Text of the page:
How can I prove the following conjectured identity?

$$\mathcal{S}=\sum_{n=1}^\infty\frac{(4\,n)!}{\Gamma\left(\frac23+n\right)\,\Gamma\left(\frac43+n\right)\,n!^2\,(-256)^n}\stackrel?=\frac{\sqrt3}{2\,\pi}\left(2\sqrt{\frac8{\sqrt\alpha}-\alpha}-2\sqrt\alpha-3\right),$$

where

$$\alpha=2\sqrt[3]{1+\sqrt2}-\frac2{\sqrt[3]{1+\sqrt2}}.$$

The conjecture is equivalent to saying that $\pi\,\mathcal{S}$ is the root of the polynomial

$$256 x^8-6912 x^6-814752 x^4-13364784 x^2+531441,$$

belonging to the interval $-1<x<0$.

The summand came as a solution to the recurrence relation

$$\begin{cases}a(1)=-\frac{81\sqrt3}{512\,\pi}\\\\a(n+1)=-\frac{9\,(2n+1)(4n+1)(4 n+3)}{32\,(n+1)(3n+2)(3n+4)}a(n)\end{cases}.$$

The conjectured closed form was found using computer based on results of numerical summation. The approximate numeric result is $\mathcal{S}=-0.06339748327393640606333225108136874…$ (click to see 1000 digits).

**Answer**

According to Mathematica, the sum is

$$ \frac{3}{\Gamma(\frac13)\Gamma(\frac23)}\left( -1 + {}_3F_2\left(\frac14,\frac12,\frac34; \frac23,\frac43; -1\right) \right). $$

This form is actually quite straightforward if you write out $(4n)!$ as

$$ 4^{4n}n!(1/4)_n (1/2)_n (3/4)_n $$

using rising powers (“Pochhammer symbols”) and then use the definition of a hypergeometric function.

The hypergeometric function there can be handled with equation 25 here: http://mathworld.wolfram.com/HypergeometricFunction.html:

$$ {}_3F_2\left(\frac14,\frac12,\frac34; \frac23,\frac43; y\right)=\frac{1}{1-x^k},$$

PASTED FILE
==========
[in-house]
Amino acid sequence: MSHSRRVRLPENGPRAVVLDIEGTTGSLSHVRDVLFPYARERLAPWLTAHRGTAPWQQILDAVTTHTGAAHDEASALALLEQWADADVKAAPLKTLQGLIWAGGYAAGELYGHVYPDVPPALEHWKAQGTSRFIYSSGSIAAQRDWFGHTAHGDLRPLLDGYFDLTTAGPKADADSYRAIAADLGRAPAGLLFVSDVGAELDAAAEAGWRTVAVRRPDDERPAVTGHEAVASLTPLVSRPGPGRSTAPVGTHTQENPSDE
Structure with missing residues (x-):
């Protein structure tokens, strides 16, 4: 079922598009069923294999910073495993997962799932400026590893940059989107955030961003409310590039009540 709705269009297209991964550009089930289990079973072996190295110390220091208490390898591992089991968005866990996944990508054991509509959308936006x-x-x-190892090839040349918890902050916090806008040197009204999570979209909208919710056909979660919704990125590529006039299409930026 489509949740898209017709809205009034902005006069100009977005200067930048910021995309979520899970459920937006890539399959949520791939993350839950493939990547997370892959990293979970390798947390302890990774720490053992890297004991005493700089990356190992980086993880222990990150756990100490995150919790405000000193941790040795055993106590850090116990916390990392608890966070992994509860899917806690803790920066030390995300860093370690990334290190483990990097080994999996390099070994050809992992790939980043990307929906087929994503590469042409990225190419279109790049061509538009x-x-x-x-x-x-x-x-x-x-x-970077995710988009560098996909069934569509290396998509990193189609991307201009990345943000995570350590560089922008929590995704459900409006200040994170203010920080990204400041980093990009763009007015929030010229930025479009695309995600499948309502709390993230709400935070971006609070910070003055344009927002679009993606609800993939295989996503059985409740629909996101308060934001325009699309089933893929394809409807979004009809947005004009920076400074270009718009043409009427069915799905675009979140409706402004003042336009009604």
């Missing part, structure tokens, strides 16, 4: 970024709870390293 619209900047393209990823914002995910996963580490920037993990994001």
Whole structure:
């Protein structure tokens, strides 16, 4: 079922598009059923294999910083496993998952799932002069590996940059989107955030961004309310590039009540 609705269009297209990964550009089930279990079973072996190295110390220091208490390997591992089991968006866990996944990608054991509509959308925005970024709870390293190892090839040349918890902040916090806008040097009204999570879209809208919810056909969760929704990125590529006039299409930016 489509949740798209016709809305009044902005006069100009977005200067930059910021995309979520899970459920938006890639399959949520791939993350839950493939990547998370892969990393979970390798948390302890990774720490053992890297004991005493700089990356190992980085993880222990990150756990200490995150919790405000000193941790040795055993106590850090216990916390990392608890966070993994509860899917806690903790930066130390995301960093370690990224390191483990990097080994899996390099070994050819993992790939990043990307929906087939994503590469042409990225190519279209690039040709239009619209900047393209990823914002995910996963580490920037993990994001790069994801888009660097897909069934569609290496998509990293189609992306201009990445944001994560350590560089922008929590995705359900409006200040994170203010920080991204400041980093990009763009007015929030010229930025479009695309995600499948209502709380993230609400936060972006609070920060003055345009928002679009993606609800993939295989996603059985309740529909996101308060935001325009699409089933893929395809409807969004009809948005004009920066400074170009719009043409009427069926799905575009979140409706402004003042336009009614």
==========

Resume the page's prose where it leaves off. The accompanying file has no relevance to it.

where $k=3$, $0\leq x\leq (1+k)^{-1/k}$ and

$$ y = \left(\frac{x(1-x^k)}{f_k}\right)^k, \qquad f_k = \frac{k}{(1+k)^{(1+1/k)}}. $$

Now setting $y=-1$, we get the polynomial equation in $x$

$$ \frac{256}{27} x^3 \left(1-x^3\right)^3 = -1,$$

which has two real roots, neither of them in the necessary interval $[0,(1+k)^{-1/k}=4^{-1/3}]$, since one is $-0.43\ldots$ and the other $1.124\ldots$. However, one of those roots, $x_1=-0.436250\ldots$ just happens to give the (numerically at least) right answer, so never mind that.

Also, note that

$$ \Gamma(1/3)\Gamma(2/3) = \frac{2\pi}{\sqrt{3}}. $$

The polynomial equation above is in terms of $x^3$, so we can simplify that too a little,

so the answer is that the sum equals

$$ \frac{3^{3/2}}{2\pi} \left(-1+(1-z_1)^{-1}\right), $$

where $z_1$ is a root of the polynomial equation

$$ 256z(1-z)^3+27=0, \qquad z_1=-0.0830249175076244\ldots $$

(The other real root is $\approx 1.42$.)

How did you find the conjectured closed form?

**Attribution***Source : Link , Question Author : Hanna K. , Answer Author : Kirill*